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When producing or enhancing code, it is tempting to use recent new primitives of Mathematica introduced in version 7 and 8, but for library code or in preparation or future version change in production code, it is better to be compatible with slightly older versions while maintaining only one version of the code.

To do this, I have sometimes written washed-down versions of list manipulation or other primitives of Mathematica 6, 7 and 8 that can run on Mathematica 3, 4 or 5 in a separate .m file that I include in the dependencies of my personal packages. Of course they are most of the times less efficient and less general than the original ones but often sufficient to have the code running.

Have others have done the same thing and if so, are there already published resources on this?

(Note: we could probably merge these efforts (and test cases, etc.) to have a more or less standard "backward compatibility" code. This could also help people maintaining code on hardware which cannot be updated and would be fun as problem solving !)

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I think this is an interesting idea, yet sadly I don't think it is a good fit for a StackExchange question: it is too open-ended. I shall refrain from closing this myself but do not be surprised if others close it. You can always raise the question in chat and see what comes of it. –  Mr.Wizard Jun 11 '12 at 7:16
    
@Mr.Wizard : I have slightly edited my question so that it is probably more acceptable as SE question. –  ogerard Jun 11 '12 at 7:23
    
As it is phrased now, I'd say this question is acceptable. As to the question: One of the problems with version updates is that it can be difficult to find out in which versions changes have occurred. The documentation only records the version number where the function was introduced and the one where it was last changed. If you don't happen to have older versions, finding out what to do is pretty difficult. One necessary step would be to locate a list of changes by version. –  Sjoerd C. de Vries Jun 11 '12 at 8:56
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Some Wikipedia text follows ... just for thinking about how the software world have changed over a few years: The zSeries line succeeded the System/390 line (S/390 for short), maintaining full backward compatibility. In effect, zSeries machines are the direct, lineal descendants of System/360, announced in 1964, and the System/370 from 1970s. Applications written for these systems can still run, unmodified, with only few exceptions, on the newest System z over four decades later. –  belisarius Jun 11 '12 at 12:29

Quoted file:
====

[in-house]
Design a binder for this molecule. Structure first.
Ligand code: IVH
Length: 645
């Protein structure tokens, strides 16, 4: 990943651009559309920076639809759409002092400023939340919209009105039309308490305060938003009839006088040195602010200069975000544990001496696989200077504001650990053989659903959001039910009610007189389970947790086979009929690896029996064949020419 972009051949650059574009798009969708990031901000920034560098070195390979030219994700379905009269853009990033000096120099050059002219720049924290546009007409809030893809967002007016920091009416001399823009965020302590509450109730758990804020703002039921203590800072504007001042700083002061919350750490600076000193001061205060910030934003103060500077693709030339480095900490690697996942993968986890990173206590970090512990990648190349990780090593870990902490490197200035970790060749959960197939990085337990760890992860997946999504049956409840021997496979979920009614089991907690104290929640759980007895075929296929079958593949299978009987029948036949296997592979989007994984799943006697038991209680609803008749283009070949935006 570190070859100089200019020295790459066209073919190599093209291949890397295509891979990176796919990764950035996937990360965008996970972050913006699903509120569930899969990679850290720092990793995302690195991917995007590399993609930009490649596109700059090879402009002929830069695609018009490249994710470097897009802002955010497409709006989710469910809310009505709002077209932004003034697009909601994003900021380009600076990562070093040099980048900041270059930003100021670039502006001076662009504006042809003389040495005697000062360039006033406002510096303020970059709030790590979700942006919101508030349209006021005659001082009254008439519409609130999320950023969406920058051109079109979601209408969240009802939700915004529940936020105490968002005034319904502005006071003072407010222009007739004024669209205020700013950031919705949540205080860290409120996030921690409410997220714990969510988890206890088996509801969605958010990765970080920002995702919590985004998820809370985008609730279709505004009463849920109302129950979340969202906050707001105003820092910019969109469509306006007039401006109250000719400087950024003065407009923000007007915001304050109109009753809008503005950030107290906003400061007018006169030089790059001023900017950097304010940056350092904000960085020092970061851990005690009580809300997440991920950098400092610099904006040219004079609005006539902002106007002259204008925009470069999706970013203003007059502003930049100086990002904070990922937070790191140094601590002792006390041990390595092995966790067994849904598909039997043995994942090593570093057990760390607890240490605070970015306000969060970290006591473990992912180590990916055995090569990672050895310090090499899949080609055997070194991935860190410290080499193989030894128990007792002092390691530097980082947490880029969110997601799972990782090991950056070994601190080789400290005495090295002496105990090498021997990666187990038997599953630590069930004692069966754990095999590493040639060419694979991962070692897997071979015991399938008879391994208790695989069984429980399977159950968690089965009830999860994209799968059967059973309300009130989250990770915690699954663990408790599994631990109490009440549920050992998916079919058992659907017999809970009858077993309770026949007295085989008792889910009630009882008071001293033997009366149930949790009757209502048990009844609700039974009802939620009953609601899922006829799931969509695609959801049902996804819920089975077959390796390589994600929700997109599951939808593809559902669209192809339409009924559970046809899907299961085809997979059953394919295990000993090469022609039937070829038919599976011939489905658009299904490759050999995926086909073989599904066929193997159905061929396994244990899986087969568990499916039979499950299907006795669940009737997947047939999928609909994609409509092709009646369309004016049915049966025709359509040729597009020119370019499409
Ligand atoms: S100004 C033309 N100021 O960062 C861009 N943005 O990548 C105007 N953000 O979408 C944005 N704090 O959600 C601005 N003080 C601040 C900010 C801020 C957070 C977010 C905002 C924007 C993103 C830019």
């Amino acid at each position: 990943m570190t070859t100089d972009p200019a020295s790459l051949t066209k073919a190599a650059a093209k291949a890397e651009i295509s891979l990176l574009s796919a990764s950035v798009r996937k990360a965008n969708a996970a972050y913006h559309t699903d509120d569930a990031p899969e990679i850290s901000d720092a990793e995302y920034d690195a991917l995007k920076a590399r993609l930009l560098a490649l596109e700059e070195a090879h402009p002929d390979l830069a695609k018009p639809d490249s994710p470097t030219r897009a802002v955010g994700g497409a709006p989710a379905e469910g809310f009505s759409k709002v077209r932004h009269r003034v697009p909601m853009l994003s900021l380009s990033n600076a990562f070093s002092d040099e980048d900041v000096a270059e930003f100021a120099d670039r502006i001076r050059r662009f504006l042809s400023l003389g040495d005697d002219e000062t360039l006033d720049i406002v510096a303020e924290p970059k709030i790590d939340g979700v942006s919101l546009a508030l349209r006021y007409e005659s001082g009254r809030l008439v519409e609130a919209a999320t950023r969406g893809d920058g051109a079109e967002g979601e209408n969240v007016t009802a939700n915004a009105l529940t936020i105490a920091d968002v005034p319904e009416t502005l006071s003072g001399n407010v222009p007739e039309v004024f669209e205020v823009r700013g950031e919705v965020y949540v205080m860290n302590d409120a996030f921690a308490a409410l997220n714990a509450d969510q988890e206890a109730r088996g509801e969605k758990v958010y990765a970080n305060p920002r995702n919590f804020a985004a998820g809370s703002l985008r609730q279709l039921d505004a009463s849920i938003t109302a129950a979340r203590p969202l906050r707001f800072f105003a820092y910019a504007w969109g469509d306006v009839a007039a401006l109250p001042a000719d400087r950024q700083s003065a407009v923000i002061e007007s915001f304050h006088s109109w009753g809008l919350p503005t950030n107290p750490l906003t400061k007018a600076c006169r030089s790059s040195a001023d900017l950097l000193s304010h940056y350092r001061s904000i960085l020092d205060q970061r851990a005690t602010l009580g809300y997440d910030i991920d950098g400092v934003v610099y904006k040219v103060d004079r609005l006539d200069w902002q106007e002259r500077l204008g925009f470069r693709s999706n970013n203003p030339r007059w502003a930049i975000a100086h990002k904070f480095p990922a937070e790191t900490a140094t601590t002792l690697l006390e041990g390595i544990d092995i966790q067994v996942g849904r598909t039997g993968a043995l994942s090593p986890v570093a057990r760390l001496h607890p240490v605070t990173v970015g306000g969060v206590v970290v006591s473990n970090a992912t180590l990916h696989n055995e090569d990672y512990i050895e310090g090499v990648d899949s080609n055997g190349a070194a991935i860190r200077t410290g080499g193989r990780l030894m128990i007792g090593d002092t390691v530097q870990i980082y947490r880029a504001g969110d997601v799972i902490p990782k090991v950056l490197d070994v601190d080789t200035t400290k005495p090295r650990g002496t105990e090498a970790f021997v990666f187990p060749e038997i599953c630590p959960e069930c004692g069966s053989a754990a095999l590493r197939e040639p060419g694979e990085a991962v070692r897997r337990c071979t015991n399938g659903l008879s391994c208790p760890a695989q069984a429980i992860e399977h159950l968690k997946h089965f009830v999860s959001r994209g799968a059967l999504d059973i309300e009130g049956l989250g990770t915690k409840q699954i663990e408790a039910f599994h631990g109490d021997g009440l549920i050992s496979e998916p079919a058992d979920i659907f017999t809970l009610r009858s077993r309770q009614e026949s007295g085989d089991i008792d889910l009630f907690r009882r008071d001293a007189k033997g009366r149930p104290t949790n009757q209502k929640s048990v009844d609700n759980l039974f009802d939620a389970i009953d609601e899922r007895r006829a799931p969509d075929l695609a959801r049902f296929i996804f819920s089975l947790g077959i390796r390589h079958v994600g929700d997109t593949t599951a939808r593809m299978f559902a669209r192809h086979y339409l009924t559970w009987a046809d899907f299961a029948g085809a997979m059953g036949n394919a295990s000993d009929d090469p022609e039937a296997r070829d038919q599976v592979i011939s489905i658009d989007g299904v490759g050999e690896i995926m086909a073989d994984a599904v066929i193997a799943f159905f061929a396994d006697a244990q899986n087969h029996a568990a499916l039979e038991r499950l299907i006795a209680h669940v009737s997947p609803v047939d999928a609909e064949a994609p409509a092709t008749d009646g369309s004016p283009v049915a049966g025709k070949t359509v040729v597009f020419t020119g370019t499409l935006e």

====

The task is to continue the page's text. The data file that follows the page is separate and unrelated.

2 Answers 2

The documentation on incompatible ccareful days, "careful design from the outset has allowed nearly total compatibility to be maintained between all versions. As a result, almost any program written, say, for Mathematica Version 1 in 1988 should be able to run without change in Mathematica Version 7—though it will often run considerably faster." Do you think WRI has statistics to back that up?

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I'm sure they do, but those statistics can only be displayed using Version5`Graphics`... –  Jens Jun 11 '12 at 23:01

I'm answering mainly to show solidarity with the idea, although my own efforts at finding a systematic upgrade path with graceful degradation to older versions have ultimately been overtaken by the amount of new and different functionality introduced starting with version 6.

Particularly version 6 was a real nuisance because it was so different from both: the versions before it and the versions after it. I wrote down some notes to help me upgrade my existing notebooks and make the new ones more compatible, on my web site.

An important resource that should be kept handy when thinking about making your packages and notebooks compatible is "Incompatible Changes since Mathematica Version 1".

It's true that for older hardware one may need to keep older Mathematica versions, but it's also true that older versions of Mathematica simply no longer work properly on newer operating system versions. Mathematica 5, for example, doesn't let you move its windows around under OS X 10.7 (as I mention on my web page linked above).

And with version 5, Wolfram support basically will say: so what, the software is much too old for us to still help you keep it running (I'm paraphrasing the response I got about that issue - it's been a while).

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+1 The links are very nice! But it is daunting (not that one doesnt know ... but) reading things like 259 new built-in objects have been added, some of whose names may conflict with names already being used. –  belisarius Jun 11 '12 at 22:17

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